Monday, 25 August 2014
Starship Troopers - A Second Look
Along with Robocop and Total Recall, Starship Troopers is one of the holy trinity of Paul Verhoeven films beloved by fans of satirical science fiction. Very loosely adapted from Robert A. Heinlein's novel of the same name the film none the less took a very different direction, becoming a satire off fascism and modern culture. Perhaps best remembered for its bad tactics, cheesy one-liners and public broadcast interruptions, the film took the best elements found in Robocop and changed the setting. The big difference this time was a far bigger budget, and the target of its mockery.
Set in the distant future where humanity has a Federation of colonies united under a single banner, they have found themselves locked in conflict with the Arachnids. Nicknamed "Bugs" these creatures have slaughtered multiple colonies and launched strikes against Earth itself, leveling whole cities with asteroids. Out for revenge, humanity launches a major assault against the Bug homeworld in the hopes of wiping out the creatures in a single strike. Violence, parodies and Michael Ironside ensue.
However, while none the less a fantastic film and the last big one to be made by the director, it's also the one of the three which has actually aged the worst.
Compared with the very tightly written Robocop and Total Recall, the film is surprisingly lengthy and does drag at a number of points during each act. While the training itself proves to be fantastic and battle scenes hold up even today, with CGI which has stood the test of time surprisingly well, each is lumbered with a few distinct points where the film seems to be just spinning its wheels.
The scenes which come to mind are the areas between action where the film attempts to flesh out the personalities of the main characters, but there's just isn't enough to go on. With Robocop Murphy's history and transformation were more than enough to give the character an edge. Total Recall's Quaid worked by having a fairly generic background thrown into question after some relatively short establishment. With Rico and Carmen though? There's not that much to go on. Rico has had his home state obliterated, but that fact seems to carry surprisingly little weight in the long run. As a result, there's not enough history or substance to either of them to make them truly compelling.
Even ignoring that, the film takes over an hour for the actual invasion of the Bug homeworld to begin, and the basic action before that consists of training exercises. While some action films can pull off lacking any kind of major fight in the opening act, one trying to parody so many traditional action film tropes could have at least better highlighted this issue.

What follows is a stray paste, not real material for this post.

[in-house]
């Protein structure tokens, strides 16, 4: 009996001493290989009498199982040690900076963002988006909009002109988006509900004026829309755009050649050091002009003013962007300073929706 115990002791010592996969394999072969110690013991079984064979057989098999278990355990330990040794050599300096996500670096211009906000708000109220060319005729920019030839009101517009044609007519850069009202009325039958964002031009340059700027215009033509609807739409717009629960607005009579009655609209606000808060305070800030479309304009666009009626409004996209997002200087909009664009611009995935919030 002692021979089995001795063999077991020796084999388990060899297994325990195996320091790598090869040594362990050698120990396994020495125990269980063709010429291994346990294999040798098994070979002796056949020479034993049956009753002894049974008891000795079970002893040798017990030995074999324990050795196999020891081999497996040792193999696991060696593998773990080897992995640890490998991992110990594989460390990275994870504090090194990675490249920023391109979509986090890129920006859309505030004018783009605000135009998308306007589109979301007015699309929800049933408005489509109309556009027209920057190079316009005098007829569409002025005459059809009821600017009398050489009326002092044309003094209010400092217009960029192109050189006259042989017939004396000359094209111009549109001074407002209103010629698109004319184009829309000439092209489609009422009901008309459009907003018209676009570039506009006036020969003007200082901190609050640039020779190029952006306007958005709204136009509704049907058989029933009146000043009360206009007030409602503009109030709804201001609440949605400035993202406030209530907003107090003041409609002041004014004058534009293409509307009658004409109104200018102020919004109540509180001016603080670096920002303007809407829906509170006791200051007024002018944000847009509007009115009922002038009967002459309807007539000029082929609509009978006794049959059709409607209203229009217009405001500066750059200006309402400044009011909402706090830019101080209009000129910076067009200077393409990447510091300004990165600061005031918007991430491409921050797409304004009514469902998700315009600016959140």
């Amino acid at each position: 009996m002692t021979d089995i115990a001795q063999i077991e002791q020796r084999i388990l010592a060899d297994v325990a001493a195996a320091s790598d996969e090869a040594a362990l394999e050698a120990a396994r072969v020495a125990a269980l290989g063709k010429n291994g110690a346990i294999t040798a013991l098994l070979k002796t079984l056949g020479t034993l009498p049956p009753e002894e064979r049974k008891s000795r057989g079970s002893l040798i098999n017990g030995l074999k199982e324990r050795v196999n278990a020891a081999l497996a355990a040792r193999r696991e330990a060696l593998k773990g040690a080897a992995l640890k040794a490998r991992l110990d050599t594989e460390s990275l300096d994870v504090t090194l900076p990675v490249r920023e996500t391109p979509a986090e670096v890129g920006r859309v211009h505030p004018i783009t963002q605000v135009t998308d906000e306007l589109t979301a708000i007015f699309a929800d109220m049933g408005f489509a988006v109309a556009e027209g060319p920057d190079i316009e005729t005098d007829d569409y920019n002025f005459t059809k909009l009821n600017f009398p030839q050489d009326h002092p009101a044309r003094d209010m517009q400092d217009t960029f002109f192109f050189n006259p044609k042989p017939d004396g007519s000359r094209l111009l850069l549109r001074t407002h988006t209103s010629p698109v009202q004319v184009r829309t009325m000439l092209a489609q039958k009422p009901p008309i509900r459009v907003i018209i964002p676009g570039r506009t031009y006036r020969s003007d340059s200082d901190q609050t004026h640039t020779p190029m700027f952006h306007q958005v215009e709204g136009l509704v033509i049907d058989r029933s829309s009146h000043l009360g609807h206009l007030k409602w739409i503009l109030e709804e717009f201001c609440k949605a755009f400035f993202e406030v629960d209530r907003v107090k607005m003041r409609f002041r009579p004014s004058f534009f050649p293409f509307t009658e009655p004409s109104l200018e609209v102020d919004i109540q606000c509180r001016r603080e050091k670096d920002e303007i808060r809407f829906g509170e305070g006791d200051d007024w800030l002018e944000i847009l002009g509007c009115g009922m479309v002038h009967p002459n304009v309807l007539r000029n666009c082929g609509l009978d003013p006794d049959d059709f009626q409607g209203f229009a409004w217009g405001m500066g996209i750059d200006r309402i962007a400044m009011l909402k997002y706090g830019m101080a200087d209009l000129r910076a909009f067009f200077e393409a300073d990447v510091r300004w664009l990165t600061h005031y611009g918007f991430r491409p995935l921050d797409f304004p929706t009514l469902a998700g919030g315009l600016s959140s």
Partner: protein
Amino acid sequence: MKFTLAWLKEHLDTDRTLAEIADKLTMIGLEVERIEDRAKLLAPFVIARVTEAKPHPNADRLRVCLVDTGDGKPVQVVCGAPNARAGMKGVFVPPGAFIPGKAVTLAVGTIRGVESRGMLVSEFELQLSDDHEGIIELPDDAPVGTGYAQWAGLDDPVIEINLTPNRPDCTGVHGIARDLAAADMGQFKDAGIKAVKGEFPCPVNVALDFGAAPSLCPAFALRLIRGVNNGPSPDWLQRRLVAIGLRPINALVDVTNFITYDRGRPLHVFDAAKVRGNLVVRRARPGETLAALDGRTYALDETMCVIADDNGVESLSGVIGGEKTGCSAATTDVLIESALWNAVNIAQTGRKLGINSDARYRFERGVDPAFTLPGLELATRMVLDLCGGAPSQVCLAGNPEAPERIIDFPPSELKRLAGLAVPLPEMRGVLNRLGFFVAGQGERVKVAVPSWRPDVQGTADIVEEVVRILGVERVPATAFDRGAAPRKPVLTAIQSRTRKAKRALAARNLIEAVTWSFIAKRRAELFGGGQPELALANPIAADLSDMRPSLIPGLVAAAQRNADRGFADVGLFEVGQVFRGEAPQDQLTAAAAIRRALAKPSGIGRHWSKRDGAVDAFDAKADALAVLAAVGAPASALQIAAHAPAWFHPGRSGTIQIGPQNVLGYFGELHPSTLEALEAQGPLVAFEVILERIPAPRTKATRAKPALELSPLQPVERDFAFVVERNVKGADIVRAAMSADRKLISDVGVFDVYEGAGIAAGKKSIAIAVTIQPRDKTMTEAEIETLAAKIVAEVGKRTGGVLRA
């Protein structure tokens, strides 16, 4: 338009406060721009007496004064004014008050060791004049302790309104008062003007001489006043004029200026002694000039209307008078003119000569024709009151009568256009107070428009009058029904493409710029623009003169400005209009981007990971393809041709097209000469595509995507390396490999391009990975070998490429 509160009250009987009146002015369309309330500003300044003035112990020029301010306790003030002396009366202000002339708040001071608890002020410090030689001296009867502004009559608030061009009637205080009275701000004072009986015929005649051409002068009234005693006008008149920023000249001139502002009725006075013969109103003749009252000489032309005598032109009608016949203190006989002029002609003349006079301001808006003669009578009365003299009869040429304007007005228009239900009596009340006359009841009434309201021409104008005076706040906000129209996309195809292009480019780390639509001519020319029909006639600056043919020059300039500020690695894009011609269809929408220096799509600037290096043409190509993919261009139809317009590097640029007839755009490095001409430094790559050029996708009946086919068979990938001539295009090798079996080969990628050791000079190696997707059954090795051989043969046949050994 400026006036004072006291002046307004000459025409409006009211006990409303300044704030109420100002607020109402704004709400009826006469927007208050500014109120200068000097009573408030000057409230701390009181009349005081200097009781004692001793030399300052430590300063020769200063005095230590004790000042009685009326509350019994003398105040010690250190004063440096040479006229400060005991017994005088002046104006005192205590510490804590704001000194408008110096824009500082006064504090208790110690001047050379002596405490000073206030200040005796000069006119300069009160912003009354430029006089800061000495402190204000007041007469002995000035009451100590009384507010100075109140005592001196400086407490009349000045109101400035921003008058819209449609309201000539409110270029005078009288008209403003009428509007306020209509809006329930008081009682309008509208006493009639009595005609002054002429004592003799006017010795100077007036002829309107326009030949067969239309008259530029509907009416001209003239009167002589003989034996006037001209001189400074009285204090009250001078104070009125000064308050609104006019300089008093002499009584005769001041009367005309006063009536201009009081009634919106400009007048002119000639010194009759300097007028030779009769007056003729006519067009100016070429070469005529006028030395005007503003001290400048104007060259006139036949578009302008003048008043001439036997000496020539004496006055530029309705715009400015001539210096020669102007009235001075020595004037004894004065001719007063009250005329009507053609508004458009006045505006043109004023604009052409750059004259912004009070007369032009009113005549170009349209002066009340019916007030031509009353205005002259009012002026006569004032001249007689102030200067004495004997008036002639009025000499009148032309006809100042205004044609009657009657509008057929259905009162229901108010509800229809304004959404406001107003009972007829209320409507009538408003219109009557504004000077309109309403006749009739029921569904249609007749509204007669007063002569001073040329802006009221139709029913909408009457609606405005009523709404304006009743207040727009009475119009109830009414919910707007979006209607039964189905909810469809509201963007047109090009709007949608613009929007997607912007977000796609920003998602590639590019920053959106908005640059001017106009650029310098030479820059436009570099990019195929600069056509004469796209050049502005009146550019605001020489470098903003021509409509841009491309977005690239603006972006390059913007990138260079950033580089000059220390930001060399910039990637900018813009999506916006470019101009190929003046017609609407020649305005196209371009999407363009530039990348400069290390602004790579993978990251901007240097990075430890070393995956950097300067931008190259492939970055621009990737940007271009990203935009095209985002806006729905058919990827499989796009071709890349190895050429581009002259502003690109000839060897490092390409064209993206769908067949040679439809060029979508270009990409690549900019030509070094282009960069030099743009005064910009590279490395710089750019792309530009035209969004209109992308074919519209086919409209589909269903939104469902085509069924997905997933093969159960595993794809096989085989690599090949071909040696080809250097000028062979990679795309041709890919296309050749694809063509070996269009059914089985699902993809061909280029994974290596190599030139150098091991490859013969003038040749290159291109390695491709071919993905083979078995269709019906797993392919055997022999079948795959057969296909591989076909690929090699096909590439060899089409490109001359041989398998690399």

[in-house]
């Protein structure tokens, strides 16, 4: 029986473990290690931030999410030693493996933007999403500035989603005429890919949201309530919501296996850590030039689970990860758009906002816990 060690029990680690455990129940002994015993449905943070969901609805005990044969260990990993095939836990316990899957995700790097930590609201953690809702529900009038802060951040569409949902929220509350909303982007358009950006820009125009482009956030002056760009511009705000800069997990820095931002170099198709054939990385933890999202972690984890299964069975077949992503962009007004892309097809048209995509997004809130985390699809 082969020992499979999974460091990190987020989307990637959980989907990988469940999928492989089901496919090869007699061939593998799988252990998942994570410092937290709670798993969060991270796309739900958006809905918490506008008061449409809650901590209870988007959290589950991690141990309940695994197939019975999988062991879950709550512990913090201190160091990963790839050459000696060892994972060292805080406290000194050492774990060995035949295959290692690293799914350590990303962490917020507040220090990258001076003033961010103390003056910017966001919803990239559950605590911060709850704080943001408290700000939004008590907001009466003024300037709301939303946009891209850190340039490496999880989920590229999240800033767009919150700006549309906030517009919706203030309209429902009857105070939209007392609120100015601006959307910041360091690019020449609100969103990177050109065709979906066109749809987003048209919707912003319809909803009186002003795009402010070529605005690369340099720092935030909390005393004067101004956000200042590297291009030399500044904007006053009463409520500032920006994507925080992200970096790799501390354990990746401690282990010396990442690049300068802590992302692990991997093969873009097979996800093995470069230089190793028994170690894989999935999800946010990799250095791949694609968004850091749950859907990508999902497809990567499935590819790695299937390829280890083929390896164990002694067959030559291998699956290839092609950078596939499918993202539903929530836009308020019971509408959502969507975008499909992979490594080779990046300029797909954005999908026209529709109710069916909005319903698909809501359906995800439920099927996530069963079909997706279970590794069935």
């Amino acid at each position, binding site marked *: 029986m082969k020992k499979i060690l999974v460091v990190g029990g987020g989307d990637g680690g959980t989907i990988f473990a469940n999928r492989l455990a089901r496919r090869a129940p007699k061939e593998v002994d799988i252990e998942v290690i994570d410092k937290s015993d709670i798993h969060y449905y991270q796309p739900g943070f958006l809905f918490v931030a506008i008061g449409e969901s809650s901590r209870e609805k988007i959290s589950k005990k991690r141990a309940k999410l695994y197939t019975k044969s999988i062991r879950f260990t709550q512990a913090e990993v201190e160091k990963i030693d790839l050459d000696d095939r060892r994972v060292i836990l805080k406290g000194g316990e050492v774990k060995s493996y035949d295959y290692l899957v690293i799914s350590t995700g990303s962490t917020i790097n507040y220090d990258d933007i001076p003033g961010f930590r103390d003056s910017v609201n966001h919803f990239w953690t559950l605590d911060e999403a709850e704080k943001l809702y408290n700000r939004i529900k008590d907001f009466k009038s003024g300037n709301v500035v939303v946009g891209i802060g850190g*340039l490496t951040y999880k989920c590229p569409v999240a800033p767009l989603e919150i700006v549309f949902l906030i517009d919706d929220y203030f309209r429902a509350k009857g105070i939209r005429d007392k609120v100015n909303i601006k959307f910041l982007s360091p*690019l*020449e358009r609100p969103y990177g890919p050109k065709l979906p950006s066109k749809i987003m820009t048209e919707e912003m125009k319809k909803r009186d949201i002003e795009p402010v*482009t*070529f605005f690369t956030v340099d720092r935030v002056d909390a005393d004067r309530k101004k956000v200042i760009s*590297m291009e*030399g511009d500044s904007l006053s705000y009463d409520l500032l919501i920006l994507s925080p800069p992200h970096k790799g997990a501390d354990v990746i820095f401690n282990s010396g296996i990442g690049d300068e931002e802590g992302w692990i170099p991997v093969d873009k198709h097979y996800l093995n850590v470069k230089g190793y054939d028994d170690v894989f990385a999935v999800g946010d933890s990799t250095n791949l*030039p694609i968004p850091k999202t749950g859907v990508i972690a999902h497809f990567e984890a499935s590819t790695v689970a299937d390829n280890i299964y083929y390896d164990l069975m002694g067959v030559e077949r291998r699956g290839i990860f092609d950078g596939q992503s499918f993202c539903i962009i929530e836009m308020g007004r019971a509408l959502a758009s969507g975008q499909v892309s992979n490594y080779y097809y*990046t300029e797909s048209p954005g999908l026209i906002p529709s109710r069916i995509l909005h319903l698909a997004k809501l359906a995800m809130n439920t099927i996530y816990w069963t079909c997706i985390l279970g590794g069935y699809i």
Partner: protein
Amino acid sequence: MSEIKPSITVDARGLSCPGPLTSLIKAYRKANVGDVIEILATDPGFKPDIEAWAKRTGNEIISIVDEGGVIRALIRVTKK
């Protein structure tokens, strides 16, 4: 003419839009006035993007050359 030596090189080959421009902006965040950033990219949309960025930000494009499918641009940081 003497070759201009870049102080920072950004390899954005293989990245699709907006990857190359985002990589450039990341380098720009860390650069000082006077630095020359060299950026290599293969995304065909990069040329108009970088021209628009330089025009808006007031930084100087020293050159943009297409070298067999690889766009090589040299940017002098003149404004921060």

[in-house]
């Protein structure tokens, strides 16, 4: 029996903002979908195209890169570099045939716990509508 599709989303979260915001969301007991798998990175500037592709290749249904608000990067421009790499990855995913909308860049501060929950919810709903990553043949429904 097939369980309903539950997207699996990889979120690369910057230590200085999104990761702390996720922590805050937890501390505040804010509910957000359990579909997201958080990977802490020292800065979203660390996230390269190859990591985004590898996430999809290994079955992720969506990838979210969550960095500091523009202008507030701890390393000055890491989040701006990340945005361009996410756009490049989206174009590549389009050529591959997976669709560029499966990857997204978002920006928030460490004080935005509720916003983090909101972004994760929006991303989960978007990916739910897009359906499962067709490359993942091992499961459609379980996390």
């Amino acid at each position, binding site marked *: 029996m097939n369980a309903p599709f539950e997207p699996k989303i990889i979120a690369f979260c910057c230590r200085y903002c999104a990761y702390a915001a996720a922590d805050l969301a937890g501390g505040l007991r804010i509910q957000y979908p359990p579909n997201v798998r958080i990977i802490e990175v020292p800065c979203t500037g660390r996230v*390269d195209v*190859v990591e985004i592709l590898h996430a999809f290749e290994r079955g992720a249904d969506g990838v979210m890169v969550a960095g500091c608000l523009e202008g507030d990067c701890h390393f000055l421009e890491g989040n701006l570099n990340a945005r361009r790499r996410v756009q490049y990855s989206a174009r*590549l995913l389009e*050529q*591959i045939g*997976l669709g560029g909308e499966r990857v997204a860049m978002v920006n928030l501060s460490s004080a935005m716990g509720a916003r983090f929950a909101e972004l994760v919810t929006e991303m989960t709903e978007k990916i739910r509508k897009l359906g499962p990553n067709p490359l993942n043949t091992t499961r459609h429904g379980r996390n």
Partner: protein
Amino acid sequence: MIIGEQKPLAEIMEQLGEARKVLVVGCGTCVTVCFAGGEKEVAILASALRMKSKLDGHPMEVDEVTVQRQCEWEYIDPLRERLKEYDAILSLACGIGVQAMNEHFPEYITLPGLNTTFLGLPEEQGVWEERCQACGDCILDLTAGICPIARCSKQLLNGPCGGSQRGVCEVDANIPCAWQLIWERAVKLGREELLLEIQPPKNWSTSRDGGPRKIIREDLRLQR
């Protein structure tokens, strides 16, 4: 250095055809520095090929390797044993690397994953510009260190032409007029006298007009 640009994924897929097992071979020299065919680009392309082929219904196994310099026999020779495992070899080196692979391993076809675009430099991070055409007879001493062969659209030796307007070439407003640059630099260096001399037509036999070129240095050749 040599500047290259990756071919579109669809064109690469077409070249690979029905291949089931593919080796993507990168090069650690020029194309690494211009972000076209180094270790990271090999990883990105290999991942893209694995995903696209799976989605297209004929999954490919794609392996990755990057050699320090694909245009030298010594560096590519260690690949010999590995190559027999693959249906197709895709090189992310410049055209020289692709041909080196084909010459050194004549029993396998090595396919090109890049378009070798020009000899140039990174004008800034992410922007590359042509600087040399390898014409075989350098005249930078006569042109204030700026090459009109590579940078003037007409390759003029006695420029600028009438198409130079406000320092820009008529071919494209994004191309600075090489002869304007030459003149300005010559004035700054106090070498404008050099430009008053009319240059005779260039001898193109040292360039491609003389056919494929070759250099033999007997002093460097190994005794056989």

What only furthers this problem of the film being difficult to re-watch is the choice of actors. Those most commonly brought up in the film's favour are Michael Ironside and Clancy Brown, both of who are solid choices for the film's message given their identification in villainous roles. Beyond that though? Many of the actors there were young at the time, with their prior experience being limited to minor roles and bit parts on other series. That inexperience sadly shows and it doesn't work in the film's favour, as they seem to play the subject matter a little too straight faced. The wooden acting and cheesy dialogue is certainly intentional, but once you watch it more than a couple of times it starts to be off-putting.
However, for all this, these really are the only notable flaws in the entire film. The action is extremely well shot in the style you would expect, with the fights directly after Rico joins the Roughnecks standing out as high points. What's more is that the cheesy dialogue works as well here as it did in past films of a similar style, and the use of irony is in full force here. There's certainly plenty of moments which can be picked out during training to which parallels can be drawn with the likes of Aliens or even human society.
Please understand, this isn't ragging on the film, it's just bringing up a point which seems to have largely been overlooked. Most people who have seen this film and regard it as a cult classic I have personally spoken with have not seen it in years. Often they have watched it once, perhaps twice and that's about it, and upon repeated viewings a few flaws do begin to appear. Please don't get that wrong, it remains a fantastic film and is a true testament to what can be pulled off with the right crew behind it. However, it's also one of those fantastic films which can really only be seen once in all its glory.
If you have not seen it before it's definitely one well worth watching for the same reasons as the aforementioned Verhoeven classics, but just bare in mind it's something of a one hit wonder.